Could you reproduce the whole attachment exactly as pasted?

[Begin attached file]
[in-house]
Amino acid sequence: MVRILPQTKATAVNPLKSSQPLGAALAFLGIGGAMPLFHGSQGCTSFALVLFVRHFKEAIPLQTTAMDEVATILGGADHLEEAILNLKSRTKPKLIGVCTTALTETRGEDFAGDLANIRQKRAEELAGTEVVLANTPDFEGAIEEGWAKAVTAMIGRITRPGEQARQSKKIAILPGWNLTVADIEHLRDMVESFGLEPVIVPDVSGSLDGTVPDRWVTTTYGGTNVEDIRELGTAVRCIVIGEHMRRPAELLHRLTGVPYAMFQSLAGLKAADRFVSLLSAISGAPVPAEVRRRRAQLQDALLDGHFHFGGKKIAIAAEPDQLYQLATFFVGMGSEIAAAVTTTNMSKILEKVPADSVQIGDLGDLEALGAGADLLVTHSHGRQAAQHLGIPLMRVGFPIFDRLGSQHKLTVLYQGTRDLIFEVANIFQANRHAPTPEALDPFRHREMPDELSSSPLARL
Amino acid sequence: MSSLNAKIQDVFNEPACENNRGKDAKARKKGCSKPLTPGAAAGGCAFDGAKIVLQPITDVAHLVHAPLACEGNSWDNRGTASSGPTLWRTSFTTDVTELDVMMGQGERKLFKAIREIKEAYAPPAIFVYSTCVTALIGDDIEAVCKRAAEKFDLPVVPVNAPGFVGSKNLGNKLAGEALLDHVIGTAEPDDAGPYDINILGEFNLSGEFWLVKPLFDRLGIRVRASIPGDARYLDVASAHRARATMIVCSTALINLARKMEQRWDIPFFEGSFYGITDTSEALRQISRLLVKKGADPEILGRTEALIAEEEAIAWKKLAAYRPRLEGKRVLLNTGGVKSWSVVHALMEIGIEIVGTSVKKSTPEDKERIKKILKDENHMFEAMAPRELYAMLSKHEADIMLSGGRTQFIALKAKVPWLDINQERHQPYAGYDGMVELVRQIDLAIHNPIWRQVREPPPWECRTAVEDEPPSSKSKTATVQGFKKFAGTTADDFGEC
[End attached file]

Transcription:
[in-house]
Amino acid sequence: MVRILPQTKATAVNPLKSSQPLGAALAFLGIGGAMPLFHGSQGCTSFALVLFVRHFKEAIPLQTTAMDEVATILGGADHLEEAILNLKSRTKPKLIGVCTTALTETRGEDFAGDLANIRQKRAEELAGTEVVLANTPDFEGAIEEGWAKAVTAMIGRITRPGEQARQSKKIAILPGWNLTVADIEHLRDMVESFGLEPVIVPDVSGSLDGTVPDRWVTTTYGGTNVEDIRELGTAVRCIVIGEHMRRPAELLHRLTGVPYAMFQSLAGLKAADRFVSLLSAISGAPVPAEVRRRRAQLQDALLDGHFHFGGKKIAIAAEPDQLYQLATFFVGMGSEIAAAVTTTNMSKILEKVPADSVQIGDLGDLEALGAGADLLVTHSHGRQAAQHLGIPLMRVGFPIFDRLGSQHKLTVLYQGTRDLIFEVANIFQANRHAPTPEALDPFRHREMPDELSSSPLARL
Amino acid sequence: MSSLNAKIQDVFNEPACENNRGKDAKARKKGCSKPLTPGAAAGGCAFDGAKIVLQPITDVAHLVHAPLACEGNSWDNRGTASSGPTLWRTSFTTDVTELDVMMGQGERKLFKAIREIKEAYAPPAIFVYSTCVTALIGDDIEAVCKRAAEKFDLPVVPVNAPGFVGSKNLGNKLAGEALLDHVIGTAEPDDAGPYDINILGEFNLSGEFWLVKPLFDRLGIRVRASIPGDARYLDVASAHRARATMIVCSTALINLARKMEQRWDIPFFEGSFYGITDTSEALRQISRLLVKKGADPEILGRTEALIAEEEAIAWKKLAAYRPRLEGKRVLLNTGGVKSWSVVHALMEIGIEIVGTSVKKSTPEDKERIKKILKDENHMFEAMAPRELYAMLSKHEADIMLSGGRTQFIALKAKVPWLDINQERHQPYAGYDGMVELVRQIDLAIHNPIWRQVREPPPWECRTAVEDEPPSSKSKTATVQGFKKFAGTTADDFGEC